Clinically overweight friend in danger of being excluded

14 posts
tooposhtopush
Posts: 529
Joined: Jul 2009
Options:
Share this post on:

Clinically overweight friend in danger of being excluded

Postby tooposhtopush » Thu Jun 24, 2021 3:14 pm

I'm a long time member of NappyValleyNet and am hoping that this community might be able to advise. One of my closest friends is a large (clinically obese), very successful (professionally) single female who for as long as I have known her has struggled with her weight. She has had some successes over the years shedding her pounds but mostly has just struggled. Lockdown hasn't been easy for her with the result that she is verbally very angry with her lot. 

Sadly my friendship group are at the stage of not wanting to have her along for social events. They feel she is just too intense and don't want to listen to her ranting about how fat she is and how skinny they are. I want to be supportive of my friend at the same time they aren't wrong. She does rant.

I want to help and wonder if it's time to be direct and tell her that she has to get help else she will lose her friends or if that a dangerous thing to do? Should I just keep on lending an ear and encourage her to lose weight in the hope that the penny may drop.

Sorry for the long post. Any thoughts very welcome.
 
Post Reply
anotheranother
Options:
Share this post on:

Re: Clinically overweight friend in danger of being excluded

Postby anotheranother » Thu Jun 24, 2021 10:23 pm

Yes, that's like my story. It would be helpful to be upfront with her BUT i know it would hurt me that people would want to cut me out... and almost feel as damaging...

What im trying to do to shift the weight:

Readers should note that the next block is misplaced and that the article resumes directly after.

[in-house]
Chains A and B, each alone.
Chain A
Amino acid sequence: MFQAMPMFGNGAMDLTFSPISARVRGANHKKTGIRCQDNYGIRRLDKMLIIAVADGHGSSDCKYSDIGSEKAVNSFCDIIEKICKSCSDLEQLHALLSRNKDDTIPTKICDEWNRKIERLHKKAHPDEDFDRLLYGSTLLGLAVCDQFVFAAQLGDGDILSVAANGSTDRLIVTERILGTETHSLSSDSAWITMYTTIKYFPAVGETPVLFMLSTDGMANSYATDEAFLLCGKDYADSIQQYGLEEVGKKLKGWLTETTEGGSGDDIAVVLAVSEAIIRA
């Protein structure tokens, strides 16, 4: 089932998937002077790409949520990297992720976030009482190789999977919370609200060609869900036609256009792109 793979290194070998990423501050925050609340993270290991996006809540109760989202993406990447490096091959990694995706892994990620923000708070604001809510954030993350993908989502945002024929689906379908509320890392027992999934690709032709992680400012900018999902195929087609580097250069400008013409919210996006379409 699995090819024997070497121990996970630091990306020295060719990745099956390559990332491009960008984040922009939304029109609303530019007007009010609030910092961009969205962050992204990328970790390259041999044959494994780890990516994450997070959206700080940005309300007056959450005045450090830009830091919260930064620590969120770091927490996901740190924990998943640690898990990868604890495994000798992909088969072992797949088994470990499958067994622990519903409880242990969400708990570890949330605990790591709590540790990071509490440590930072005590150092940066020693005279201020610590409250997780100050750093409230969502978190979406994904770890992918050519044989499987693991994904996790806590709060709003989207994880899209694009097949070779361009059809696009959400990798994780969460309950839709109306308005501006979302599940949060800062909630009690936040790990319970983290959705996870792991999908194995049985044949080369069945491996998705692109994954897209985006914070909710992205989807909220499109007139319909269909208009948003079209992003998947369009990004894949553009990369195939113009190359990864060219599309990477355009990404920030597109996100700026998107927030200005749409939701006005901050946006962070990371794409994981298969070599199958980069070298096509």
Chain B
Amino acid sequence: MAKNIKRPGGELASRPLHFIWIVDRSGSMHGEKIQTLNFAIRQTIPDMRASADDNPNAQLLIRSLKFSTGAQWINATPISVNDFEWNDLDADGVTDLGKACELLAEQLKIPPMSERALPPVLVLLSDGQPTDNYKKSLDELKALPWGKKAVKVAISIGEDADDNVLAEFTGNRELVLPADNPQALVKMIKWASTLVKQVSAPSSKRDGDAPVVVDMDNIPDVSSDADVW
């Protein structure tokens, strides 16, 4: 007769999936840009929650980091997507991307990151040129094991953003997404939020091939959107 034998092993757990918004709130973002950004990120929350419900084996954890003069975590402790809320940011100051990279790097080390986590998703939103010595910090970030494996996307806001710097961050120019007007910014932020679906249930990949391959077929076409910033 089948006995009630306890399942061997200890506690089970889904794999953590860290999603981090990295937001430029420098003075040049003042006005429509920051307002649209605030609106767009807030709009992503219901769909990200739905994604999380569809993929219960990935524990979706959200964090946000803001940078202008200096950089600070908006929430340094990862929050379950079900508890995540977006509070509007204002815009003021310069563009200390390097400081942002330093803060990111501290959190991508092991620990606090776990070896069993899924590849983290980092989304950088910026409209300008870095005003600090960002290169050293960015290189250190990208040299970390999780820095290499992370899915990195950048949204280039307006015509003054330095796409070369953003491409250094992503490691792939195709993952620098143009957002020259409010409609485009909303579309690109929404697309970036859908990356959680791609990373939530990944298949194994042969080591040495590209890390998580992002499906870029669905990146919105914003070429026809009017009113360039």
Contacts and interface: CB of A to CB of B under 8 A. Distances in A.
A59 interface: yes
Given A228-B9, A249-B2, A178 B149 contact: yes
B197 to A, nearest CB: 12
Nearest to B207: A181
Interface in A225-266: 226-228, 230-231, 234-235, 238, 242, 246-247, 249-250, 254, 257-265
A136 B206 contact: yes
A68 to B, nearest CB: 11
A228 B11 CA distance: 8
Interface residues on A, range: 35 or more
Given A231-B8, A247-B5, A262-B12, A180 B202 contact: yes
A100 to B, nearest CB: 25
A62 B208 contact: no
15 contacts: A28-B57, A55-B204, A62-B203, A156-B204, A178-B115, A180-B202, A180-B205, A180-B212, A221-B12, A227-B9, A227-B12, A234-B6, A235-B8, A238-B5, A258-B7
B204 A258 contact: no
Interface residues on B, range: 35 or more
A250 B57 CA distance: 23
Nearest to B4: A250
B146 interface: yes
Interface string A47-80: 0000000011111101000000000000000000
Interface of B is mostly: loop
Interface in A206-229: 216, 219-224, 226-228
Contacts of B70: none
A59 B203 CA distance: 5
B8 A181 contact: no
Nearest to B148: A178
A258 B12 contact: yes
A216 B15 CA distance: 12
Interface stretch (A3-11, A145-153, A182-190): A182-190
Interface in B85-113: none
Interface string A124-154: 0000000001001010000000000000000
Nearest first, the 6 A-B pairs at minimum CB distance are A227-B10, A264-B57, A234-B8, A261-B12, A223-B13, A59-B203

1. Not focus on what i'm not allowed to eat, but rather ensure that i eat the right food (greens/amino acids/omegas etc)
2. Sleep well (lights out after 2300)
3. Try to do 10min of HIIT a day
4. Hot and cold treatments
5. All necessary vitamins
6. avoid all foods with emulsifiers
7. eat between 10 and 18 only
8. And seek help, therapy - over eaters anonymous etc

Thanks for trying to help her.
Post Reply
Namibu69
Posts: 2
Joined: Jun 2021
Options:
Share this post on:

Re: Clinically overweight friend in danger of being excluded

Postby Namibu69 » Fri Jun 25, 2021 3:45 pm

I agree, your story is very similar to my friend's. She was once on the verge of 3rd degree obesity, but decided to change in time.
My advice would be to get outdoors more and be active. That doesn't mean you have to run, jump, and so on all the time. You just need to get outside at least once a day, breathe fresh air and go for a walk. Sunshine will add essential vitamins to your body, which will help boost your motivation. You should limit yourself from consuming free sugar and replace it with sugar found in fruits and vegetables. 
My girlfriend tried to get an appetite suppressant, but I wouldn't let her. Over time I learned that sometimes it helps. But do it at your own risk.
For reference: Free sugar is the same sugar (fructose, glucose, sucrose), but in this case it is extracted from a natural source (instead of being consumed as part of natural fruits, dairy products and some vegetables and grains). It is added to foods and beverages by food companies, chefs or consumers. This sugar has no health benefits and more often than not is unhealthy and calorie-depleting.
Last edited by Namibu69 on Wed Jun 30, 2021 5:08 pm, edited 1 time in total.
Post Reply
dudette
Posts: 674
Joined: Nov 2009
Options:
Share this post on:

Re: Clinically overweight friend in danger of being excluded

Postby dudette » Mon Jun 28, 2021 6:40 am